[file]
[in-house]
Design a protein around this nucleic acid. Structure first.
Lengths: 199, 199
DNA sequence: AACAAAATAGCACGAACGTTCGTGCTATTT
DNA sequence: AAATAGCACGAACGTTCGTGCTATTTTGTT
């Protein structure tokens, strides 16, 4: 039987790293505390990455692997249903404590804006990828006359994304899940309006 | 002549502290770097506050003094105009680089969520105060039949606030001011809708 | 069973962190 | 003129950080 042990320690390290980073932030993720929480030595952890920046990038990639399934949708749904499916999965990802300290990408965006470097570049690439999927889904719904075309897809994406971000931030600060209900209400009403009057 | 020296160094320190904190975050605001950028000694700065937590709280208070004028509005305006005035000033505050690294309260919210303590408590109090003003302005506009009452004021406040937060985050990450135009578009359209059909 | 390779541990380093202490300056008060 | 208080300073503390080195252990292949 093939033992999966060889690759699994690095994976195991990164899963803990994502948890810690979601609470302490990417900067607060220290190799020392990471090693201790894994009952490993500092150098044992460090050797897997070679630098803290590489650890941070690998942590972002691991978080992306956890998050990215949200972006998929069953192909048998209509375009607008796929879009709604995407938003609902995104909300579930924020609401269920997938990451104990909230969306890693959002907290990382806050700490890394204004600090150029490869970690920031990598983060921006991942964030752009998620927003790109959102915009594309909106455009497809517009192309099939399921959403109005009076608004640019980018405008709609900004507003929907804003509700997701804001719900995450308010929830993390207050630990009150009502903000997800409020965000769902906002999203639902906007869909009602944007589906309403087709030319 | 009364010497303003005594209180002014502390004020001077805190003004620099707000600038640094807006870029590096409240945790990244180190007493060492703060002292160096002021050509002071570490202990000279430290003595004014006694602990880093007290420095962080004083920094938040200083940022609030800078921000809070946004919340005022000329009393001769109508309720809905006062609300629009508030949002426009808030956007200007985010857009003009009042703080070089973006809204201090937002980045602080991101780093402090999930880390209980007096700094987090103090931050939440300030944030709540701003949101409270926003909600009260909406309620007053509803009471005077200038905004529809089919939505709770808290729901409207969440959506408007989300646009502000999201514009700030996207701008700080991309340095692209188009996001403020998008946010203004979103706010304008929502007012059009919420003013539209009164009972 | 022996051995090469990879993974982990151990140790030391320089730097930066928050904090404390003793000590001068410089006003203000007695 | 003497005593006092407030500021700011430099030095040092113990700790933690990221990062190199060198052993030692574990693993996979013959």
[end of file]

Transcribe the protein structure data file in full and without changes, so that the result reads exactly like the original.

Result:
[in-house]
Design a protein around this nucleic acid. Structure first.
Lengths: 199, 199
DNA sequence: AACAAAATAGCACGAACGTTCGTGCTATTT
DNA sequence: AAATAGCACGAACGTTCGTGCTATTTTGTT
């Protein structure tokens, strides 16, 4: 039987790293505390990455692997249903404590804006990828006359994304899940309006 | 002549502290770097506050003094105009680089969520105060039949606030001011809708 | 069973962190 | 003129950080 042990320690390290980073932030993720929480030595952890920046990038990639399934949708749904499916999965990802300290990408965006470097570049690439999927889904719904075309897809994406971000931030600060209900209400009403009057 | 020296160094320190904190975050605001950028000694700065937590709280208070004028509005305006005035000033505050690294309260919210303590408590109090003003302005506009009452004021406040937060985050990450135009578009359209059909 | 390779541990380093202490300056008060 | 208080300073503390080195252990292949 093939033992999966060889690759699994690095994976195991990164899963803990994502948890810690979601609470302490990417900067607060220290190799020392990471090693201790894994009952490993500092150098044992460090050797897997070679630098803290590489650890941070690998942590972002691991978080992306956890998050990215949200972006998929069953192909048998209509375009607008796929879009709604995407938003609902995104909300579930924020609401269920997938990451104990909230969306890693959002907290990382806050700490890394204004600090150029490869970690920031990598983060921006991942964030752009998620927003790109959102915009594309909106455009497809517009192309099939399921959403109005009076608004640019980018405008709609900004507003929907804003509700997701804001719900995450308010929830993390207050630990009150009502903000997800409020965000769902906002999203639902906007869909009602944007589906309403087709030319 | 009364010497303003005594209180002014502390004020001077805190003004620099707000600038640094807006870029590096409240945790990244180190007493060492703060002292160096002021050509002071570490202990000279430290003595004014006694602990880093007290420095962080004083920094938040200083940022609030800078921000809070946004919340005022000329009393001769109508309720809905006062609300629009508030949002426009808030956007200007985010857009003009009042703080070089973006809204201090937002980045602080991101780093402090999930880390209980007096700094987090103090931050939440300030944030709540701003949101409270926003909600009260909406309620007053509803009471005077200038905004529809089919939505709770808290729901409207969440959506408007989300646009502000999201514009700030996207701008700080991309340095692209188009996001403020998008946010203004979103706010304008929502007012059009919420003013539209009164009972 | 022996051995090469990879993974982990151990140790030391320089730097930066928050904090404390003793000590001068410089006003203000007695 | 003497005593006092407030500021700011430099030095040092113990700790933690990221990062190199060198052993030692574990693993996979013959």